“Hillside Demons”, a powerful, hard-edged song from Lambeth-based drill rappers LD and C1, had attracted an impressive 200,000 views in a couple of days when it disappeared from YouTube. (A copy of the controversial video can at the time of this article publication be found here.)
Some rappers have to submit lyrics for official assessment
The disappearance was no accident. The Metropolitan Police leans on the platform to remove rap songs it believes promote violence. YouTube is perfectly willing to oblige in a harmonious union of state and corporate power.
The Met has been troubling rappers in the dark “UK drill” subgenre for years. Some rappers have been banned from performing at all. Some have to submit lyrics for official assessment. LD burst onto the scene, wearing his now iconic mask, after the maskless rapper Scribz received an ASBO which barred him from performing.
On the face of it, this is an outrageous infringement on the right to free expression. Never Mind the Bollocks, Here’s the Sex Pistols might have been banned from several shops but not on the orders of the authorities. Additionally, banning rap videos removes a chance for young, mostly ethnic minority men to earn a living from music instead of being mired in the gang lifestyle.
Still, let’s look at what the Met has to deal with. An otherwise interesting and substantive Vice article about the police censoring drill gives no indication as to why they might be interested in it in the first place. You get no sense of what the genre is. This is a common progressive response to underground culture: bemoaning hysterical responses to X, Y and Z without getting one’s hands dirty by engaging with them.
Drill is defined by moody 808s, skittish drums and downbeat keyboard notes — created by genuinely brilliant producers like Ghosty and M1OnTheBeat — but it is also defined by violence. Specifically, it documents very real conflict between criminal gangs.
Last month, the rapper AbzSav released “Tables Turn”. In the song, he mocked, by name, several young men who had been killed, one of whom was 15 years old. As if that were not grim enough, the music video featured AbzSav and his friends jigging about in t-shirts that displayed the dead men’s faces. The video lasted a day on YouTube before being removed.
To be fair, these antics were more or less blatant revenge for the similar treatment that has been directed towards the rapper’s murdered friend. His was not even the most egregious example of lyrical sadism. That dubious honour has to go to the Newham rapper Young Dizz, now in jail for kidnapping and torture, who rapped in reference to the death of 14-year-old Corey Junior Davis:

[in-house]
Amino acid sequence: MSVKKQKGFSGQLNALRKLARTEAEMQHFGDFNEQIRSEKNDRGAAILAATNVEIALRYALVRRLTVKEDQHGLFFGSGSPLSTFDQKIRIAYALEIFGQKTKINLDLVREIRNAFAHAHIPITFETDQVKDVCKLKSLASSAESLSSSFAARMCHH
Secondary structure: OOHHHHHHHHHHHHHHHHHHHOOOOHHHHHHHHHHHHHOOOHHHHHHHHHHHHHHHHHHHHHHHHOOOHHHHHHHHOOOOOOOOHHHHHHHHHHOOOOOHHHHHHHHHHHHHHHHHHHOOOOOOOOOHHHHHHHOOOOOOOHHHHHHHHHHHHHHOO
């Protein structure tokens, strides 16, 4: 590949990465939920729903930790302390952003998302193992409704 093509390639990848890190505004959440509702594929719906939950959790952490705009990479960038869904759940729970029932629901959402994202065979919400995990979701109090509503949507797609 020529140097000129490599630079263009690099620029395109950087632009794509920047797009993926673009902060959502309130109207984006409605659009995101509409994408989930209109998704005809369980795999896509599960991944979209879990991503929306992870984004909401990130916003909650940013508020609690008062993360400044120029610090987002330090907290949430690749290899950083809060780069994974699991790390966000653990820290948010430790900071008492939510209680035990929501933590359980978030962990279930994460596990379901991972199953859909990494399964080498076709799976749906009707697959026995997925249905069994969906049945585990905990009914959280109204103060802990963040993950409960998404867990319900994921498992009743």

They took 2 of my tunes down ‘cuz CJ’s mum kept shedding tears/Someone tell her I don’t give a f**k that her son ain’t here/Ever since her son got dropped, their whole block ain’t done sh*t/And I was laughing when I saw that pic of a mum just bury her kid
Even a hardened civil liberties advocate would have to down a stiff drink and say a prayer or two before defending someone’s right to publically mock murder victims and their families. It is obscene for one thing, and as much as it would be absurd to argue that gang violence is a product of rap music — the former preceding the latter — it is not implausible to say that it exacerbates it. If nothing else, it would be absurd for a culture which is hypersensitive about provocative jokes and their supposed consequences to maintain that lyrics built around insulting the dead and threatening the living have no real-world effects.
Police censorship should not be arbitrary
To evade censorship, rappers obscure references to their opponents with sound effects like coin flips, sirens, record scratches and (most eerily) the noise of something that may or may not be water falling to the ground. In a recent track, LD made a kind of surreal art form of this by censoring almost as many words as he allowed himself to say (“Got down *ding*, same way, got down *ding*…I punched up *ding* and *ding* in Bricky and three roads down, chinged up *ding*”).
Sometimes this is not enough. “Hillside Demons” was thoroughly censored yet ended up being removed. I almost suspect that the police heard the line “governing Lambeth, f**k what the Met say” and had it removed in a fit of spite. Such a lack of clarity is a problem. To the extent that the police have censorious powers, they should not be ambiguous and arbitrary. We have seen in the case of hate speech how this enables escalating censorship.
Yet performers should take some responsibility. “They want us stuck,” protests LD. One can appreciate how frustrating it must be to lose income, without even having an avenue for an appeal (especially after spending thousands of pounds on a snazzy music video).
It would be great for more young men to escape the streets. Some of these rappers, LD and C1 prime among them, are very talented. No songs hit harder in the gym. But you can’t escape the streets while running your mouth about young people who have been murdered there. Morally, as well as commercially, you are as stuck as if you never left.
One could blame the fans. One could do it with some justice. Most of them probably live in towns like Bath and Warwick, where drill provides a soundtrack to their GCSEs, yet they love labelling rappers “wet”, “nerds” et cetera when they think they are not hardened criminals. Then, with depressing inevitability, they are disappointed, scornful and annoyed when rappers are arrested for murder or drug and firearm offences. Escaping the darkest aspects of the streets spiritually as well as materially would send a more inspiring message to their fans.
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